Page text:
Last Updated on
If you’ve been looking for sources that would provide some inspirational indoor photoshoot ideas, you’ve come to the right place. Grab a pen and take some notes because these are some of the best options to get those creative juices flowing!
|Tools & Materials||Camera, Light Source|
Family portraits will never go out of fashion, and the way you can shoot them is almost endless from candid to posed and everything in-between. All that’s required is some good lighting, a reasonable camera, and a few other pieces of equipment.
One thing about family portraits is that post-processing is vital in their production. Especially if the end goal is to produce professional-looking images.
|Tools & Materials||Camera, Light Source, Reflectors|
People love taking and seeing pictures of food. We even have studies that have gone as far as proving that looking at a wide variety of images containing food triggers the release of ghrelin, the hunger-causing hormone.
But you have to work on your angles if you wish to produce quality images. Don’t assume one camera angle will automatically work for all images. Remember, every dish has its own unique features.
To enhance clarity, the subject is best lit from the side or back. And to deal with the shadow effect, you’ll need a reflector at the front.
|Tools & Materials||Tripod, Camera|
You don’t have to feel blue just because the weather is gloomy. As they say, when life gives you lemons, grab whatever you need, and start making lemonade. Or in this case, grab your camera, and start taking those Instagram-worthy window shots.
There’s something about these pictures that makes you appreciate nature a little bit more. Just make sure your depth of field is shallow enough to blur out all the background noise and the focus is on the rain patterns.
|Tools & Materials||Wood, Lighter, Camera, Tripod, Reflector|
A lot of people are drawn to fire. And that’s not surprising considering fire has a way of facilitating relaxation. To top that off, we usually associate fireplaces with spaces that encourage social behaviors.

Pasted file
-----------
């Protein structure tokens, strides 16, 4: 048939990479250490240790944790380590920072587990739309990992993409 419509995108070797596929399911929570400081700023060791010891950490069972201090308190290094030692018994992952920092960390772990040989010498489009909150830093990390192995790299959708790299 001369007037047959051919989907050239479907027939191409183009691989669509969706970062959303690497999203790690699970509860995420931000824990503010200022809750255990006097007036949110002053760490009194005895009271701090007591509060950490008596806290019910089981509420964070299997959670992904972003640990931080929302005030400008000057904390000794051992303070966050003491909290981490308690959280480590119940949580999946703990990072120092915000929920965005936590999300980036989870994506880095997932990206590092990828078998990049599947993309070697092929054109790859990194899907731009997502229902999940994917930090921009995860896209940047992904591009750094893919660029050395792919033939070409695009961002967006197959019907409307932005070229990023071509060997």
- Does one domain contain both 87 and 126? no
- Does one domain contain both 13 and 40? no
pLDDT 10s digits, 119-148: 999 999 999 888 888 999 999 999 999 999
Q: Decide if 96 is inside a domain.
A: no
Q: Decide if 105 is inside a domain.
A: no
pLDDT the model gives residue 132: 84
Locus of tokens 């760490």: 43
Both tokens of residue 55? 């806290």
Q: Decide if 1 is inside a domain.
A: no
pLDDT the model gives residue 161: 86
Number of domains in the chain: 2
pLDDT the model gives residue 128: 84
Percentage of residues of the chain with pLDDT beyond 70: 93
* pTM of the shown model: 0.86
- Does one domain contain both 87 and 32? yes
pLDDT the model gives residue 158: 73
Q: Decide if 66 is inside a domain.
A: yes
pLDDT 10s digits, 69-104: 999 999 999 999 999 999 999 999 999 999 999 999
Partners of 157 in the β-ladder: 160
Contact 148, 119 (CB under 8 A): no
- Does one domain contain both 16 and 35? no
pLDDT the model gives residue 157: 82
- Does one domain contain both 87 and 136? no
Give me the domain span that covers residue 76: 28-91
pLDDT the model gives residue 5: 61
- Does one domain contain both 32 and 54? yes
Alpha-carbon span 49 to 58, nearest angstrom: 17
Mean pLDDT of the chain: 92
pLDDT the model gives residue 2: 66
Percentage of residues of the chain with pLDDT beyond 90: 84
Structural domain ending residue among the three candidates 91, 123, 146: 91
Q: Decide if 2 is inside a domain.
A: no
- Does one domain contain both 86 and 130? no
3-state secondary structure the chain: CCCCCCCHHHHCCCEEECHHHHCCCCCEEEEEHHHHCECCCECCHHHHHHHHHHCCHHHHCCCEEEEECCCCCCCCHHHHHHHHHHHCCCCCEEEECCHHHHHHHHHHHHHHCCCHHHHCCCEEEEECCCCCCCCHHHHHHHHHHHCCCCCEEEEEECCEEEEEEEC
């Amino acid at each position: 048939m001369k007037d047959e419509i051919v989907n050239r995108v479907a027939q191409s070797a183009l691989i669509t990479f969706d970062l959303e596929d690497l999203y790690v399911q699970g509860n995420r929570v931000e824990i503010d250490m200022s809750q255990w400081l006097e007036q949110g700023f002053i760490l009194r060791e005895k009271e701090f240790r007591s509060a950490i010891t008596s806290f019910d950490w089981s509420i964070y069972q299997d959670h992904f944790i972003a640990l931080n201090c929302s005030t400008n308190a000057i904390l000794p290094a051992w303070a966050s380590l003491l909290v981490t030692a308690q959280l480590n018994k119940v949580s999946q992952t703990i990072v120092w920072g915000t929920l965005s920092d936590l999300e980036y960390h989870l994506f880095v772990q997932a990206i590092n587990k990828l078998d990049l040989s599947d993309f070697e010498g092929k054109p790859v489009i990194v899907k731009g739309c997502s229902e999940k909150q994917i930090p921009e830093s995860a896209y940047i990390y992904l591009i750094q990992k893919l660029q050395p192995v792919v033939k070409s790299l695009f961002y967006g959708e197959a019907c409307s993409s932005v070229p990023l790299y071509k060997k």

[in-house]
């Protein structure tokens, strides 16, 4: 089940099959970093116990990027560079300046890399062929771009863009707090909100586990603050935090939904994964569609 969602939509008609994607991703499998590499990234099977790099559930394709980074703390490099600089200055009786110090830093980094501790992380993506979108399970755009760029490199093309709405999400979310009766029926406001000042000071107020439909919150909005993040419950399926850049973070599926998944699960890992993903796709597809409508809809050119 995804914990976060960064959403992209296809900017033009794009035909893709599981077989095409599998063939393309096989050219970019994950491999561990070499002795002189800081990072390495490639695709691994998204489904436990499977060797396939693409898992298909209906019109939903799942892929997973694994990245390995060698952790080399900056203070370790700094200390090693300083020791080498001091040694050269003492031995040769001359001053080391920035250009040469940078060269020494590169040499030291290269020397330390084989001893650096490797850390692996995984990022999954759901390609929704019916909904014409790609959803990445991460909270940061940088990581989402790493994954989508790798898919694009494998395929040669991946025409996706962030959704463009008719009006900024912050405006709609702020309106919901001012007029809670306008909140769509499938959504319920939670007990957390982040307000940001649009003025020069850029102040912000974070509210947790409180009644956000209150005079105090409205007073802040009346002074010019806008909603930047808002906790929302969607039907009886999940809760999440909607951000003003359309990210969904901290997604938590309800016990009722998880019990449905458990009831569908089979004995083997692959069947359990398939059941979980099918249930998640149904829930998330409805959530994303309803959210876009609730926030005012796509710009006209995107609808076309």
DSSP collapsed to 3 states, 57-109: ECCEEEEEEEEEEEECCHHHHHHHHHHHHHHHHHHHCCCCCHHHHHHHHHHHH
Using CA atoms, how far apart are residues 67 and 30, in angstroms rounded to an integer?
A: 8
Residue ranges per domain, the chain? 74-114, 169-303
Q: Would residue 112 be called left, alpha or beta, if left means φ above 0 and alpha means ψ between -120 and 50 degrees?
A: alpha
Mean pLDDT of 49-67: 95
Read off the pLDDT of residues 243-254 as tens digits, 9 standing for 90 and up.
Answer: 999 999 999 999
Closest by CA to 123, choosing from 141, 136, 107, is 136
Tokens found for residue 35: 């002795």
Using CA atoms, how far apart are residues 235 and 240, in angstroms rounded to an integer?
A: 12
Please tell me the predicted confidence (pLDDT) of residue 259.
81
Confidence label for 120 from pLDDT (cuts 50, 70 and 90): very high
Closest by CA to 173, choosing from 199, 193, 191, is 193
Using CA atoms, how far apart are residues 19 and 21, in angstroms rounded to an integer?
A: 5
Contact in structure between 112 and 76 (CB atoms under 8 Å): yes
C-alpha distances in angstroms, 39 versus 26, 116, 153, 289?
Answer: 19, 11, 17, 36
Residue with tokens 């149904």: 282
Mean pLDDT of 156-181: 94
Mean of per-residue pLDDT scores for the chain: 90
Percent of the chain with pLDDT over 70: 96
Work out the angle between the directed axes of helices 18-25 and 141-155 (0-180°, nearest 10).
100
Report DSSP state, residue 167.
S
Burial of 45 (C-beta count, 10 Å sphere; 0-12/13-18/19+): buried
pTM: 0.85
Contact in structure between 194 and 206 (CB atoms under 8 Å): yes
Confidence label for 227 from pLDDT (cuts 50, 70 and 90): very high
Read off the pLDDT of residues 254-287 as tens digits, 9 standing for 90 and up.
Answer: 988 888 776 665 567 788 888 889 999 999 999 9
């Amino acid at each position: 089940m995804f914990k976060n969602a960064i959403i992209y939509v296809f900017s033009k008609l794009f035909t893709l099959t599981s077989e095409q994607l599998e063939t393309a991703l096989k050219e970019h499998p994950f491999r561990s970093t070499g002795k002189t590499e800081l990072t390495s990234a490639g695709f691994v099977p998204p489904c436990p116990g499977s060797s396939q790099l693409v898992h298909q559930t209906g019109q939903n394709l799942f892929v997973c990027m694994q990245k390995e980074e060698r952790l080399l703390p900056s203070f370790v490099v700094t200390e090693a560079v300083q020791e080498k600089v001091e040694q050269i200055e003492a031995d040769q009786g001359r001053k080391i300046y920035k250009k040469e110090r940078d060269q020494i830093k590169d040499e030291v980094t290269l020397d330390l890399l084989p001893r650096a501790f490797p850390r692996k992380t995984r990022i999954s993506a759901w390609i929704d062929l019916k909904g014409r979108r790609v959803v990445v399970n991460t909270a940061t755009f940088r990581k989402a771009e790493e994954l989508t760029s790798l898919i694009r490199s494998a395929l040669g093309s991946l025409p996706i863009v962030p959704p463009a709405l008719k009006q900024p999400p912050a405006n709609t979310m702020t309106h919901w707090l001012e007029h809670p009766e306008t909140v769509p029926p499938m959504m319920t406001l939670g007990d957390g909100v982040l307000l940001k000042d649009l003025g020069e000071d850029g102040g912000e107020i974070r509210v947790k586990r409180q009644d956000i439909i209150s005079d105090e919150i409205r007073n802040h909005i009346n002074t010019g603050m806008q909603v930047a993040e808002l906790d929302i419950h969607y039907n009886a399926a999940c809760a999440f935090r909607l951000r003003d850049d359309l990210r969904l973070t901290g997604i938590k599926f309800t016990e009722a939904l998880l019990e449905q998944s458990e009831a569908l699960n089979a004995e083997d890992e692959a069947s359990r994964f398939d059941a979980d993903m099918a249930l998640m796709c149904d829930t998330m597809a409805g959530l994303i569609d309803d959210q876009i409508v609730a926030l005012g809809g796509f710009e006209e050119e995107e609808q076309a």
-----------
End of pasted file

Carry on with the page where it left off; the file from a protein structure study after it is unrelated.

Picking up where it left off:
Capturing fire shots is not difficult yet the results are great. If you utilize a fast-enough shutter speed you’ll be able to freeze the flame’s motion. How fast the shutter speed needs to be will depend on what you’re planning to shoot. Take some test shots using 1/250s and keep adjusting until you get to what you want.
|Tools & Materials||Fruits & Vegetables, Camera, Light Source, Reflectors|
Macro photography is a branch of photography that focuses on taking close-up shots of the miniature world. Its main goal has always been to let people see the world through a different lens. For the images to be considered macro, the object has to appear bigger than the life-sized equivalent.
To accomplish this mission, your essentials have to include a tripod, macro lens, and flashgun.
|Tools & Materials||Retro item, Light Source, Camera, Tripod|
Do you have any retro items stored away in the attic? Perhaps a vintage watch? We know you thought you were only holding onto them for sentimental reasons, but they could be useful if you’re looking to create still-life shots that are able to radiate a nostalgic vibe.
Sepia will come in handy here. It’s the soft, reddish-brown tint that you always see on photos that look vintage. If you can access this filter, you could use any available image editing program that would yield the same effect.
|Tools & Materials||Christmas lights, Tripod, Camera, Reflectors|
Bokeh is simply the soft, out-of-focus blur trend that has exponentially grown in popularity over the past few years. This effect requires a very wide aperture and a fast camera lens. The room you’ll be working in should be spacious as the distance between the light and the object has to be wider.
You could also work with bokeh overlays if you’re not skilled enough to construct that background. Download the overlays online, and then incorporate them into photoshop.
|Tools & Materials||Suspension strings, Camera, Tripod, Light Source, Reflectors|
We know you’ve already come across pictures with objects that appear to be floating or defying gravity. But did you know you can produce the same effect indoors? It’s a simple concept of layer masking, and the only program you need is Photoshop.
You’ll first have to take a picture of the space before adding the object or props. Then take a second picture with the object, and a third one with the props included. Once you’re done, merge them all using the software, to create an image. Edit out any suspension material, and voila!
|Tools & Materials||Water, Transparent Container, Tripod, Camera, Light Source, Flashgun|
Splash images are just images showing splashes of water. But even if you consider yourself a resourceful person, it will be extremely difficult to capture these images without a studio strobe or flashgun. A transparent container will also be necessary, as well as an object that will be dropped in water to produce the splashing effect. Use a tripod to enhance stability and don’t forget to shield the camera from splashes!